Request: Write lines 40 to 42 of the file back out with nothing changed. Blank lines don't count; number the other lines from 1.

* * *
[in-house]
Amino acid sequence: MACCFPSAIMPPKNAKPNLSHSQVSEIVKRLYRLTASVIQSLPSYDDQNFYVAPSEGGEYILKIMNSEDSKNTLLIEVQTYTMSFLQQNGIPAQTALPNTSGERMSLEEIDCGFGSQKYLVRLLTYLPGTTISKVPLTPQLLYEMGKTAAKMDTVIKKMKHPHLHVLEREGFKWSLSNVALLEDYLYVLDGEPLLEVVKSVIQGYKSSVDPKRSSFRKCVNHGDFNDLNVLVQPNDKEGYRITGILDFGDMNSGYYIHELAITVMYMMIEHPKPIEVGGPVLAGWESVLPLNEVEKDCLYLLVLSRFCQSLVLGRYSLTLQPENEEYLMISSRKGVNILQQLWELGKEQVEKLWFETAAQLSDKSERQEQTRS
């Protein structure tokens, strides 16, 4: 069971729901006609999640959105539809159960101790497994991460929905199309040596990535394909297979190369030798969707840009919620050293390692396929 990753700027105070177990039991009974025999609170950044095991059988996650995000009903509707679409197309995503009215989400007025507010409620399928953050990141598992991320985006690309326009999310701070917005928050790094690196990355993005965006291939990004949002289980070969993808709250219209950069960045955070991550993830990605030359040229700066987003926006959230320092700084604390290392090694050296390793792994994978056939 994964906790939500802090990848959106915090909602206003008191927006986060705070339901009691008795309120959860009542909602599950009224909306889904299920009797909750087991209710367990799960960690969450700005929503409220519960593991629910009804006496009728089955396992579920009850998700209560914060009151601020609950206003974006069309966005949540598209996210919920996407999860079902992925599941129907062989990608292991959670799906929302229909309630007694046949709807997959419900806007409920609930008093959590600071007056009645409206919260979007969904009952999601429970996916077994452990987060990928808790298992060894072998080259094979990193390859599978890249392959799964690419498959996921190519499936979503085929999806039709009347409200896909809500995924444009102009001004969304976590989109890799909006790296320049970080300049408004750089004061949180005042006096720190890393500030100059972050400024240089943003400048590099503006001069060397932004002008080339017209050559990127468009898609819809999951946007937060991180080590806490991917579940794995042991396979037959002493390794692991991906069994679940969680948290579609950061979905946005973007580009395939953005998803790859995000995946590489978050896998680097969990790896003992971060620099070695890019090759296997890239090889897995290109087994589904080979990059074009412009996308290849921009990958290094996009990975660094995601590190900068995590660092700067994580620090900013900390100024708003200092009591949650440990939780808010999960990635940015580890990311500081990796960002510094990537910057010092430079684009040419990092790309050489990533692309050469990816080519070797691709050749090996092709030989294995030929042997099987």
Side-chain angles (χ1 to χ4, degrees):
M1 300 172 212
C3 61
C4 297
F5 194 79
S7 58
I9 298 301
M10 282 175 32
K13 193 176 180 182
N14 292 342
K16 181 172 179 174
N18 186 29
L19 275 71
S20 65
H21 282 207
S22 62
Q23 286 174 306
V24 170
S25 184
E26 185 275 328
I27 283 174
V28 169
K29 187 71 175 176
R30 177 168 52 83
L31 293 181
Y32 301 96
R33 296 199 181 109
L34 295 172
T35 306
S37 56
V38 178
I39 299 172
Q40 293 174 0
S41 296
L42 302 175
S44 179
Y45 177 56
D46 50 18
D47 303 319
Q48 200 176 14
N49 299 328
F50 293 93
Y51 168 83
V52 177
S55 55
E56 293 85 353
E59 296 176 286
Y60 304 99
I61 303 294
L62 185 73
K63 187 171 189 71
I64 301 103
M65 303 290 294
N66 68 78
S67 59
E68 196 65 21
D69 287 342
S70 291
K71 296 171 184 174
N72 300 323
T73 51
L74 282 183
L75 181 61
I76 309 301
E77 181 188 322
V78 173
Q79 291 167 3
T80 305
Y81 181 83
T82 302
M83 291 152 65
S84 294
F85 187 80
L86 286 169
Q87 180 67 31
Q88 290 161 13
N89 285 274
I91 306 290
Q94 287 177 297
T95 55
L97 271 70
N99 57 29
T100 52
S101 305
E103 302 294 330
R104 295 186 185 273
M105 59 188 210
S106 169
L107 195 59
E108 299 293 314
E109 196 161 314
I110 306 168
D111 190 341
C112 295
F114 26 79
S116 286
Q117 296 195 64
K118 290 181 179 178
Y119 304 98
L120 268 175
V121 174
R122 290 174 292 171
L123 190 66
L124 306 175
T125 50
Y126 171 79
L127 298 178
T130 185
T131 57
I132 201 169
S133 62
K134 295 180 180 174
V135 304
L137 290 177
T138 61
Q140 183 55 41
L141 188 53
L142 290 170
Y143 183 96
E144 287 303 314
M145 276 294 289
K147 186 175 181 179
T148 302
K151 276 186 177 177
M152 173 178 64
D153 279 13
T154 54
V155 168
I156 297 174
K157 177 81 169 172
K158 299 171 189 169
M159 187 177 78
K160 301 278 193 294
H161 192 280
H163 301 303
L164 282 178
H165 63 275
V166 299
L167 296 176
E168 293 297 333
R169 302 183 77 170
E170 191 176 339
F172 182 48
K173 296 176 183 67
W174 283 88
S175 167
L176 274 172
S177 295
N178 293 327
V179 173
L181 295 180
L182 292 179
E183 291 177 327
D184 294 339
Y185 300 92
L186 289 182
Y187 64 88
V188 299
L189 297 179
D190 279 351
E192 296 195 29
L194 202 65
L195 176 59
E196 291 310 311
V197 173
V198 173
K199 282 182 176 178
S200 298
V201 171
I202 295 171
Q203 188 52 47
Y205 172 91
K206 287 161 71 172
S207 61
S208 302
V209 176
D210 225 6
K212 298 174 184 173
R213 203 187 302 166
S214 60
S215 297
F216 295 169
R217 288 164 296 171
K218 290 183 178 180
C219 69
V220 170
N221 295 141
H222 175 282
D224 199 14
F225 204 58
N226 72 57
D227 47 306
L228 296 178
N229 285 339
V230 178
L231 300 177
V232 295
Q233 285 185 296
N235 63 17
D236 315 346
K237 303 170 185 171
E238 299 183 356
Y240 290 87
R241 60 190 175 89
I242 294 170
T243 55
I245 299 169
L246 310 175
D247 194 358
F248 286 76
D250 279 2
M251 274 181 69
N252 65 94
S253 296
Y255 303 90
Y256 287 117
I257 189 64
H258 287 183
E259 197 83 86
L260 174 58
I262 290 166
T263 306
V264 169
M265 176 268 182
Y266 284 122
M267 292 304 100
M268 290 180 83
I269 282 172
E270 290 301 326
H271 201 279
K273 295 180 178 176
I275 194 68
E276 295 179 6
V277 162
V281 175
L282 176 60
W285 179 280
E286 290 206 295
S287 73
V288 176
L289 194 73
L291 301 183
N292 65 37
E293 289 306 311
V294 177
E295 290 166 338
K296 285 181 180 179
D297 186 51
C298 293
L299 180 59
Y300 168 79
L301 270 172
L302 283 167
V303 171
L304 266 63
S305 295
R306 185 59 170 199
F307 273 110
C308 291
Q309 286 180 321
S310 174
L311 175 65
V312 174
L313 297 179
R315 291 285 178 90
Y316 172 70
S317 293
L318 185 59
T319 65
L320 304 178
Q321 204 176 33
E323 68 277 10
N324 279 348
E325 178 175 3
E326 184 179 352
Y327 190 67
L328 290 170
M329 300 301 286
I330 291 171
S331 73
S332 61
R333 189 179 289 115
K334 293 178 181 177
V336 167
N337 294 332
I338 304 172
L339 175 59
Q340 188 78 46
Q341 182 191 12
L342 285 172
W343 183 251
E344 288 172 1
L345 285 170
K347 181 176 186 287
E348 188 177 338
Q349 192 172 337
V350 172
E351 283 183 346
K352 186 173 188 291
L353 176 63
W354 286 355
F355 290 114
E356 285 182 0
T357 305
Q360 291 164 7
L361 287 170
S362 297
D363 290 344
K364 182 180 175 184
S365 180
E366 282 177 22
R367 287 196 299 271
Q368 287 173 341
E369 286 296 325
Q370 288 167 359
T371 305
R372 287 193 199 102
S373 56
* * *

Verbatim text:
Y45 177 56
D46 50 18
D47 303 319